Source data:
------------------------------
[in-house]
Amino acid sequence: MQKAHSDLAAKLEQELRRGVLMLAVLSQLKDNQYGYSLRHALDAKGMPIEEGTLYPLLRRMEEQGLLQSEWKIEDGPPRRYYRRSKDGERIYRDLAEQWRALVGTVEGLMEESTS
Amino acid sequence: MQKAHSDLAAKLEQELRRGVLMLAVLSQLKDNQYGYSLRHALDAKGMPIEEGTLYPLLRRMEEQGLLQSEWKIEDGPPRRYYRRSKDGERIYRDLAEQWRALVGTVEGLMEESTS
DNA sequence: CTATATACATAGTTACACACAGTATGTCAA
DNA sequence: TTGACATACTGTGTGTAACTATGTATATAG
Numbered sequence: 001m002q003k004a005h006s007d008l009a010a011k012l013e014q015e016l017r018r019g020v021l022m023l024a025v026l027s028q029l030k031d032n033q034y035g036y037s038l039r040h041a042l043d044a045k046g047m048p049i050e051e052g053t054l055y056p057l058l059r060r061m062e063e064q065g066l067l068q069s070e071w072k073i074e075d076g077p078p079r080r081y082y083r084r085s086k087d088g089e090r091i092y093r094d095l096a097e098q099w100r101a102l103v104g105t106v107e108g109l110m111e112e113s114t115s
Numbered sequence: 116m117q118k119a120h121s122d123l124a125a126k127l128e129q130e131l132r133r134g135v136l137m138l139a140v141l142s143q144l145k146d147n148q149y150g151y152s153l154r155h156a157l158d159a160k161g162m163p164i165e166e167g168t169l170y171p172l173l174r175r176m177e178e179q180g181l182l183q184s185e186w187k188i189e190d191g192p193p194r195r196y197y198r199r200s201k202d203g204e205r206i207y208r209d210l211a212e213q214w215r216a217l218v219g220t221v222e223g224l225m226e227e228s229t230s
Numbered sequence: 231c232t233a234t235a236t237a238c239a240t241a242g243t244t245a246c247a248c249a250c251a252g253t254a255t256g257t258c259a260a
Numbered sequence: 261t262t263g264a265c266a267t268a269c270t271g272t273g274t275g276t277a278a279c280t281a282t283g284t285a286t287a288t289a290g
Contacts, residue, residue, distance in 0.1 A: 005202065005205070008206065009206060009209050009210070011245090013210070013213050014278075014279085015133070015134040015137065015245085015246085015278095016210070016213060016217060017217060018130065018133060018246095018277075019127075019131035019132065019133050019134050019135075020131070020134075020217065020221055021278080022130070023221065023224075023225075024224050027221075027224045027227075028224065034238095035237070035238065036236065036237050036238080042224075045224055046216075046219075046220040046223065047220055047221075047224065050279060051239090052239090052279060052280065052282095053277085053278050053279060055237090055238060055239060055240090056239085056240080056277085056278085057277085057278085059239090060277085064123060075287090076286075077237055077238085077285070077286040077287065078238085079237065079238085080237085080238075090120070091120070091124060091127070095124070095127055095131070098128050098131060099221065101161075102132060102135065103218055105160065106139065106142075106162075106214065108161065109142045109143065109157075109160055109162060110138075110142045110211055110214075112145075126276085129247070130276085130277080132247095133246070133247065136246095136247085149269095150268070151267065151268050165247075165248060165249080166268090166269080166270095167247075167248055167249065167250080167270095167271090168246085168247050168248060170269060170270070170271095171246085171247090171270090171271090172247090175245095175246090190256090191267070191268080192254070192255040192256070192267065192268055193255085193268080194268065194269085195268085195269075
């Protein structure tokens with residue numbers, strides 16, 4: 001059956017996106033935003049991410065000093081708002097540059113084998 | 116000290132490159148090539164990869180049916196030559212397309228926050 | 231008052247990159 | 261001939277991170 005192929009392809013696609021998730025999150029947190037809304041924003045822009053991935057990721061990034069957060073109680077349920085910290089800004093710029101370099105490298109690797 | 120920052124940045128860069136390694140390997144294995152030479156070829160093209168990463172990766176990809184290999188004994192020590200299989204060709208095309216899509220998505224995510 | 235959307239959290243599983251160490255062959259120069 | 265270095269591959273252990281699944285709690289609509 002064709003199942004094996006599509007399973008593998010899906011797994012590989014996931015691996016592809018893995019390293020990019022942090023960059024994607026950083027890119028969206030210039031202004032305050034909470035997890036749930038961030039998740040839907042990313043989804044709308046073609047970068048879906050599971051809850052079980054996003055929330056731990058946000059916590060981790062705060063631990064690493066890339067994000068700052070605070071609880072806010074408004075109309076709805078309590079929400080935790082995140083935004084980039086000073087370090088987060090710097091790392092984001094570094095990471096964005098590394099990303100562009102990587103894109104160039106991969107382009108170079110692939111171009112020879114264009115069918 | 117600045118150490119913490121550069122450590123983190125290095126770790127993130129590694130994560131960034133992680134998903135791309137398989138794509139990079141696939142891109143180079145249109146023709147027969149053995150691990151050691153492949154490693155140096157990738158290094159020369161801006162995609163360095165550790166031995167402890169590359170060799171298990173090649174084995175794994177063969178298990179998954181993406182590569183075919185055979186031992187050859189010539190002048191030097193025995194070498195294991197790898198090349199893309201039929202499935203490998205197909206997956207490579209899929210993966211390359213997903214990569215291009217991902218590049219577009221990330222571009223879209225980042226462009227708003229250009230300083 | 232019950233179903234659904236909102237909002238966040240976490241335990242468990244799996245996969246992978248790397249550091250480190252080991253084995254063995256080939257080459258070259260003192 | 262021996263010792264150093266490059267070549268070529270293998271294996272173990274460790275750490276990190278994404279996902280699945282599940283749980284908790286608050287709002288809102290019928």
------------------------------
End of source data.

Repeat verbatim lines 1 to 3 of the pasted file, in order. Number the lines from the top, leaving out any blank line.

[in-house]
Amino acid sequence: MQKAHSDLAAKLEQELRRGVLMLAVLSQLKDNQYGYSLRHALDAKGMPIEEGTLYPLLRRMEEQGLLQSEWKIEDGPPRRYYRRSKDGERIYRDLAEQWRALVGTVEGLMEESTS
Amino acid sequence: MQKAHSDLAAKLEQELRRGVLMLAVLSQLKDNQYGYSLRHALDAKGMPIEEGTLYPLLRRMEEQGLLQSEWKIEDGPPRRYYRRSKDGERIYRDLAEQWRALVGTVEGLMEESTS